The Ngaragwal tribe are the local Aboriginal people of the Gold Coast. They are in negotiations with the Queensland Government to establish a treaty.
This will be a state treaty and is the first of its kind. It is also one that is welcomed by this tribe in the hope to get some sort of redemption for their ancestors.
This is a significant milestone that could see the aboriginal people recognised in their own native land.
Ngarangwal descendant, Justine Dillon says, "This is a blank slate it's the first time they've even considered this."
But for now, this is something only the Queensland government are considering.
"Step one was talking about the option of having one giant overarching treaty for all of us where we have all common goals as state and as indigenous people with the state," Dillon says.
Anthony Dillion (Ngarangwal Community) says he's been fighting the fight his father once fought and now it’s time for the rest of the indigenous community to get on board the bus.
"I believe there are three buses there's the native title bus there's the treaty bus and the sovereignty bus and we need to be on every bus."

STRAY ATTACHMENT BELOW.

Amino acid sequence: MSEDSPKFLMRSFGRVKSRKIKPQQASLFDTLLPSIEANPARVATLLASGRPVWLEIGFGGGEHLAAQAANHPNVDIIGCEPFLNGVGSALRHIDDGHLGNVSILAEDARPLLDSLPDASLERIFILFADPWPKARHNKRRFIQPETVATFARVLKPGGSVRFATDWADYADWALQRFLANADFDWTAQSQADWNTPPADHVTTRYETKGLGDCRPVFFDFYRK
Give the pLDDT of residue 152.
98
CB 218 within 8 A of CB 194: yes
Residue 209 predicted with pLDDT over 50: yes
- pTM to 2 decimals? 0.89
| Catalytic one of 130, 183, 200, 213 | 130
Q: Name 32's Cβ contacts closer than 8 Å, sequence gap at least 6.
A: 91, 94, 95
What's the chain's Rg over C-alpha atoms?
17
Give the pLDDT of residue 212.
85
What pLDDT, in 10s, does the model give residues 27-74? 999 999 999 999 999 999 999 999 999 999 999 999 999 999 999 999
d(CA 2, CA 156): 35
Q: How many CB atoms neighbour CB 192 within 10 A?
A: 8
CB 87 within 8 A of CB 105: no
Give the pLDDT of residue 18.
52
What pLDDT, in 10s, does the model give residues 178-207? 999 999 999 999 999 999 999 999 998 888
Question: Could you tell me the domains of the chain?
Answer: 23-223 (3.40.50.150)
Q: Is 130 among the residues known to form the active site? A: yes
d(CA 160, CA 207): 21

Justine says the Premier and the Deputy Premier of Queensland have played a major role in establishing a possible treaty for the native people of the state.
"They've done amazing work with indigenous people for the last few years.
“Commendable work and their next step was to work on a treaty for the aboriginal people of Queensland."
The Treaty of Waitangi stands as an example for them.
Anthony Dillon explains, "The Labour government are saying “let's do a treaty” so we are looking offshore, where good things happened, and bad things, and let's see, if we can use that as a model.”
Justine Dillion concludes, "The British Columbia and the treaty of Waitangi to guide us, guiding principles of what we can do for our indigenous people here in Australia.”
The discussions will continue to take place until a decision on the matter is made.